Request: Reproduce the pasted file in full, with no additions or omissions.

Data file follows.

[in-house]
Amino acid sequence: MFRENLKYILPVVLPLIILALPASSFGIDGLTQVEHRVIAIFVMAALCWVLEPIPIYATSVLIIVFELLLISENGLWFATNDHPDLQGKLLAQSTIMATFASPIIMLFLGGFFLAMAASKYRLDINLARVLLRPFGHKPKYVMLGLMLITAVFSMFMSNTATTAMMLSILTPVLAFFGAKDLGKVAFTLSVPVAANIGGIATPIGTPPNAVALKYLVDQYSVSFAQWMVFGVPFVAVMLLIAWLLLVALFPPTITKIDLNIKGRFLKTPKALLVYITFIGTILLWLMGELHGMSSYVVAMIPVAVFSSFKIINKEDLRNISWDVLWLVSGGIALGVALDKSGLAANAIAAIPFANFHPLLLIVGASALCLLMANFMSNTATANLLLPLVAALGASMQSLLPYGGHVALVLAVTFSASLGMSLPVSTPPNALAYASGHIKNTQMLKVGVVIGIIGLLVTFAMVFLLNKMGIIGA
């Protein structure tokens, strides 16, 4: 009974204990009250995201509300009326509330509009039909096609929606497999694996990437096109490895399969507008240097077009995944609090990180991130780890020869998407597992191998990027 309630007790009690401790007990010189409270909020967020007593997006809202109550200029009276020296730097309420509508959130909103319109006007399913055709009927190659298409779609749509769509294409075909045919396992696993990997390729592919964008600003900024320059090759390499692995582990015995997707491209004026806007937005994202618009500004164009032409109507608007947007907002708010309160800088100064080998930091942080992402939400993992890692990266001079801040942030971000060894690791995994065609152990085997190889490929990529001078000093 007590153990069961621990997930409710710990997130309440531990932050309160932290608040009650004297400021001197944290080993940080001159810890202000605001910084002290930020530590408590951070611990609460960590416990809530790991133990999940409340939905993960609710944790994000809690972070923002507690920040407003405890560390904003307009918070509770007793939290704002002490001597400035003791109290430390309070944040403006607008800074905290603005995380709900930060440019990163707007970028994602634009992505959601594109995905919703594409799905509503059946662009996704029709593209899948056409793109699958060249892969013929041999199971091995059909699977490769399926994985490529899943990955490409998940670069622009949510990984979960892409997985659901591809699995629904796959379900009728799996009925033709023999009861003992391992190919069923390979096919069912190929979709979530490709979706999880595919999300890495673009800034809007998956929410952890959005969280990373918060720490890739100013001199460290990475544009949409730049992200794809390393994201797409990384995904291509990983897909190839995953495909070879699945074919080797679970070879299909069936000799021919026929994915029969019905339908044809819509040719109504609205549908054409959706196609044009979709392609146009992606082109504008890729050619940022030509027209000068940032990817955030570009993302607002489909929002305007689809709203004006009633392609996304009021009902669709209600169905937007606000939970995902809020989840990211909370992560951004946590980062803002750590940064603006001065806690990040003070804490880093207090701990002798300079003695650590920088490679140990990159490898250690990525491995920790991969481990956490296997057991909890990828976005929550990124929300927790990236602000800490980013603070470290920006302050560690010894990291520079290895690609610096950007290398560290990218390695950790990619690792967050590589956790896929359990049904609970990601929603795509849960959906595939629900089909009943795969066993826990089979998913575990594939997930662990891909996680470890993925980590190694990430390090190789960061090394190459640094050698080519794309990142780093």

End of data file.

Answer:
[in-house]
Amino acid sequence: MFRENLKYILPVVLPLIILALPASSFGIDGLTQVEHRVIAIFVMAALCWVLEPIPIYATSVLIIVFELLLISENGLWFATNDHPDLQGKLLAQSTIMATFASPIIMLFLGGFFLAMAASKYRLDINLARVLLRPFGHKPKYVMLGLMLITAVFSMFMSNTATTAMMLSILTPVLAFFGAKDLGKVAFTLSVPVAANIGGIATPIGTPPNAVALKYLVDQYSVSFAQWMVFGVPFVAVMLLIAWLLLVALFPPTITKIDLNIKGRFLKTPKALLVYITFIGTILLWLMGELHGMSSYVVAMIPVAVFSSFKIINKEDLRNISWDVLWLVSGGIALGVALDKSGLAANAIAAIPFANFHPLLLIVGASALCLLMANFMSNTATANLLLPLVAALGASMQSLLPYGGHVALVLAVTFSASLGMSLPVSTPPNALAYASGHIKNTQMLKVGVVIGIIGLLVTFAMVFLLNKMGIIGA
């Protein structure tokens, strides 16, 4: 009974204990009250995201509300009326509330509009039909096609929606497999694996990437096109490895399969507008240097077009995944609090990180991130780890020869998407597992191998990027 309630007790009690401790007990010189409270909020967020007593997006809202109550200029009276020296730097309420509508959130909103319109006007399913055709009927190659298409779609749509769509294409075909045919396992696993990997390729592919964008600003900024320059090759390499692995582990015995997707491209004026806007937005994202618009500004164009032409109507608007947007907002708010309160800088100064080998930091942080992402939400993992890692990266001079801040942030971000060894690791995994065609152990085997190889490929990529001078000093 007590153990069961621990997930409710710990997130309440531990932050309160932290608040009650004297400021001197944290080993940080001159810890202000605001910084002290930020530590408590951070611990609460960590416990809530790991133990999940409340939905993960609710944790994000809690972070923002507690920040407003405890560390904003307009918070509770007793939290704002002490001597400035003791109290430390309070944040403006607008800074905290603005995380709900930060440019990163707007970028994602634009992505959601594109995905919703594409799905509503059946662009996704029709593209899948056409793109699958060249892969013929041999199971091995059909699977490769399926994985490529899943990955490409998940670069622009949510990984979960892409997985659901591809699995629904796959379900009728799996009925033709023999009861003992391992190919069923390979096919069912190929979709979530490709979706999880595919999300890495673009800034809007998956929410952890959005969280990373918060720490890739100013001199460290990475544009949409730049992200794809390393994201797409990384995904291509990983897909190839995953495909070879699945074919080797679970070879299909069936000799021919026929994915029969019905339908044809819509040719109504609205549908054409959706196609044009979709392609146009992606082109504008890729050619940022030509027209000068940032990817955030570009993302607002489909929002305007689809709203004006009633392609996304009021009902669709209600169905937007606000939970995902809020989840990211909370992560951004946590980062803002750590940064603006001065806690990040003070804490880093207090701990002798300079003695650590920088490679140990990159490898250690990525491995920790991969481990956490296997057991909890990828976005929550990124929300927790990236602000800490980013603070470290920006302050560690010894990291520079290895690609610096950007290398560290990218390695950790990619690792967050590589956790896929359990049904609970990601929603795509849960959906595939629900089909009943795969066993826990089979998913575990594939997930662990891909996680470890993925980590190694990430390090190789960061090394190459640094050698080519794309990142780093």